He said the NZIER survey “hasn’t been corrupted as much by political gamesmanship: Thankfully the commentary by the NZIER principal economist regarding the falls in many components of the NZIER quarterly business opinion survey was more balanced. This has in turn largely been reflected in the media commentary on the results of the December quarter survey.”

Note: Red & blue lines across the foot of each graph denote periods of government: Labour (red), National (blue).

NZIER, 16 January 2018: NZIER’s quarterly survey of business opinion shows businesses more pessimistic after the election
Stuff, 16 January 2018: Business confidence drops, with fewer expecting to hire or invest, 16 January 2018: NZIER business opinion survey shows the usual fall in confidence after a Labour-led government takes office, effect of election on actual business activity muted

Mr Dickens took issue with what he said was “still a lack of supporting analysis to put the NZIER December quarter results in context. And in my assessment there hasn’t been enough focus on political gamesmanship; instead, like the commentary accompanying the ANZ November & December surveys, the initial focus was on ‘uncertainty over new government policies’.”

He said the NZIER business confidence survey “has, like the ANZ business confidence survey, become much less useful as a leading indicator of economic growth since 2002. As the NZIER principal economist goes on to point out, it has generally had a negative bias while Labour governed and a positive bias while National governed, although this has only been the case after 2002.”

Rodney’s Ravings (entry by free subscription)

Attribution: Rodney’s Ravings.

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Dickens to provide more regional economic research

Economist Rodney Dickens’ Strategic Risk Analysis Ltd will produce quarterly Regional barometer reports from April.

Mr Dickens said yesterday the Regional Barometer reports would:

  • provide advance warnings of upturns & downturns in the number of consents for new dwellings, the number of existing dwelling sales and existing house prices for each region covered, and assess the likely magnitudes of upturns & downturns
  • assess whether the region will significantly outperform or underperform the national experience in the 3 areas listed above in the year ahead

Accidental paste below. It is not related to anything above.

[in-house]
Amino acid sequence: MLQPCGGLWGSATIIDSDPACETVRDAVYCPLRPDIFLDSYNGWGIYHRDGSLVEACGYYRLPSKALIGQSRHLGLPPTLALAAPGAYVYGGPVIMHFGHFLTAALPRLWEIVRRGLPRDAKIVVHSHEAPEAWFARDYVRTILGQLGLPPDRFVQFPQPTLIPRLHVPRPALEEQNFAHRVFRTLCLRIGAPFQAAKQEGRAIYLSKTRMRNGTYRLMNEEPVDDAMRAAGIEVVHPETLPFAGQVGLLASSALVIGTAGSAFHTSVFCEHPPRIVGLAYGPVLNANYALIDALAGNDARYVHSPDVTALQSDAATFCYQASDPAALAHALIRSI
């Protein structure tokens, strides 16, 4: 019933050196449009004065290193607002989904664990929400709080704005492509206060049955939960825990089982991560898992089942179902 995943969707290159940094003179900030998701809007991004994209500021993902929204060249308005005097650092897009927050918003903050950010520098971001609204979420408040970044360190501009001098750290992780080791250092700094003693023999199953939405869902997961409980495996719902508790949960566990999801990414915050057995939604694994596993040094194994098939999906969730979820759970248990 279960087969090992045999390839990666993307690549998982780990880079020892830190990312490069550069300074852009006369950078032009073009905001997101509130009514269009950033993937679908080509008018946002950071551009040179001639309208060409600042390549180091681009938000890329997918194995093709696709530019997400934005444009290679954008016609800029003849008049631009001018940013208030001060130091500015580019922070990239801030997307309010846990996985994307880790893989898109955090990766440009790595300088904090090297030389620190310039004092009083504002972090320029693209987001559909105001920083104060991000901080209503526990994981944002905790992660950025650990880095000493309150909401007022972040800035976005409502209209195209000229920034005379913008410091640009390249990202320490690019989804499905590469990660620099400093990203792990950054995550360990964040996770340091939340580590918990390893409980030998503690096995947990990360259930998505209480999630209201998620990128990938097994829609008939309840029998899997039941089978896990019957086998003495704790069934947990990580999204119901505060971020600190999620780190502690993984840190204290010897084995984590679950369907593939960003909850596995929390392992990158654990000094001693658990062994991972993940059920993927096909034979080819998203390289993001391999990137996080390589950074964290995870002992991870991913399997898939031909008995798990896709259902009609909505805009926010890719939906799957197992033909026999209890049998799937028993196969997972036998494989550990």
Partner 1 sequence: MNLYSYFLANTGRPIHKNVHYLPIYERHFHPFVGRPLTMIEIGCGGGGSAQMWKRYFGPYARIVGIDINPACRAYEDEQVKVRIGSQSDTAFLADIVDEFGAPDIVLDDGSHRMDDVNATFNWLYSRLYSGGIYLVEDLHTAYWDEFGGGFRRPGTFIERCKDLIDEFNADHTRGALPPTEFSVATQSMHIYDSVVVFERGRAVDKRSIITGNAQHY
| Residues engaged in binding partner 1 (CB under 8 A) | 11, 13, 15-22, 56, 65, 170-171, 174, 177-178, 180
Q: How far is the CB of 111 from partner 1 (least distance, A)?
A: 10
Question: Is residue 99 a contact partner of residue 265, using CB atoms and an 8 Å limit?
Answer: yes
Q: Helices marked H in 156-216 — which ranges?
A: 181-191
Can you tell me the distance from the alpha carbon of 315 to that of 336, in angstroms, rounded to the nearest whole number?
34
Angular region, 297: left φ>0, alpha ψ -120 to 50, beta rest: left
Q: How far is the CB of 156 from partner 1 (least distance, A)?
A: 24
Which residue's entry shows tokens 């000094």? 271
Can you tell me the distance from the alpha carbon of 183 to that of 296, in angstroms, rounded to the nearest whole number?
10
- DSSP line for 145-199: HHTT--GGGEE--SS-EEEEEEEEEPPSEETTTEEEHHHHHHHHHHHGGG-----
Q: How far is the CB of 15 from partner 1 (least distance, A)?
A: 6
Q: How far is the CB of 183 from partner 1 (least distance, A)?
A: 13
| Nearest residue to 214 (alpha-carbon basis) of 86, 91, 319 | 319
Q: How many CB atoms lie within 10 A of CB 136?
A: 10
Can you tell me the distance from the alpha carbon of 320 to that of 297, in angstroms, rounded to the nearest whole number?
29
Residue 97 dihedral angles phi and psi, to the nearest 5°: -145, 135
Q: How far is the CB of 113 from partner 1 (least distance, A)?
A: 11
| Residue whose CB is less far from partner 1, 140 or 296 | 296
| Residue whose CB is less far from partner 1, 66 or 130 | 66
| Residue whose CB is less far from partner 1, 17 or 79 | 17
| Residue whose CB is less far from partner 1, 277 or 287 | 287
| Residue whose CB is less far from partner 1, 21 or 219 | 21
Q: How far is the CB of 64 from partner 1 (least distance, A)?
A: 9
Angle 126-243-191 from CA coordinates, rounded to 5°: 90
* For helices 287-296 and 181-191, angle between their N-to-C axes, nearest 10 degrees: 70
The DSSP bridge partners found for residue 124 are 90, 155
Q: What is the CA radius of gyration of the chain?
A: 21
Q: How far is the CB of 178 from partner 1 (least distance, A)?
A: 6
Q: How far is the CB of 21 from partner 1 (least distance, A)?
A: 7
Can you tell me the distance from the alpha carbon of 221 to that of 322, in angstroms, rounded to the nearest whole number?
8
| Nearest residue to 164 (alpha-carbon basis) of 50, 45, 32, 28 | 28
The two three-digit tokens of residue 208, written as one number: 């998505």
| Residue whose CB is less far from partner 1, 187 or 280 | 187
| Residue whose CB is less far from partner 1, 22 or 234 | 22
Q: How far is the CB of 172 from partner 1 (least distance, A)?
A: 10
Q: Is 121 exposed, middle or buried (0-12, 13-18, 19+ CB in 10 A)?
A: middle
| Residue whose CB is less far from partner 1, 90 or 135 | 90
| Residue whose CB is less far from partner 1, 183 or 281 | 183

• assess regional consumer spending prospects and provide a range of background information particularly relevant to the performance of residential building, and
  • assess which city or cities & major districts within the region are likely to significantly outperform or underperform the regional experience in the year ahead.

Mr Dickens founded Strategic Risk Analysis in 2006 after 5 years at ASB Bank, which included being group strategist & head of research. He’s been a member of the Reserve Bank’s monetary policy committee and researched international interest rate behaviour at the Bank of England in London.  He’s also been chief economist at one New Zealand commercial bank and New Zealand head of research at 2 international investment banks.

Link: Strategic Risk Analysis

Attribution: Company release.

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NZIER says data points to recovery slowdown

Published 31 August 2010

NZ Institute of Economic Research principal economist Shamubeel Eaqub said today local & global data made it plain the recovery was slowing.


“There is sufficient momentum &stimulus in the economy to avoid a repeat recession, but the economy will be soft in the next 6 months. Households remain cautious with spending, net migration will slow further and non-residential construction work is now running dry.”


The details are in NZIER’s September quarterly predictions, which contain forecasts covering the next 5 years.


“We remain less optimistic than other forecasters. Businesses should review their risk exposures, investment & hiring plans accordingly. We expect economic growth of 2.2% in 2010, but it will slow to 1.2% in 2011 before rebounding to 2.9% in 2012. This reflects a weak patch in late 2010 & early 2011. Our view reflects a cautious attitude from households & businesses, slowing net migration and an impending slump in non-residential construction. Other forecasters on average expect growth of 2.6% in 2010, 3.2% in 2011 & 2.7% in 2012.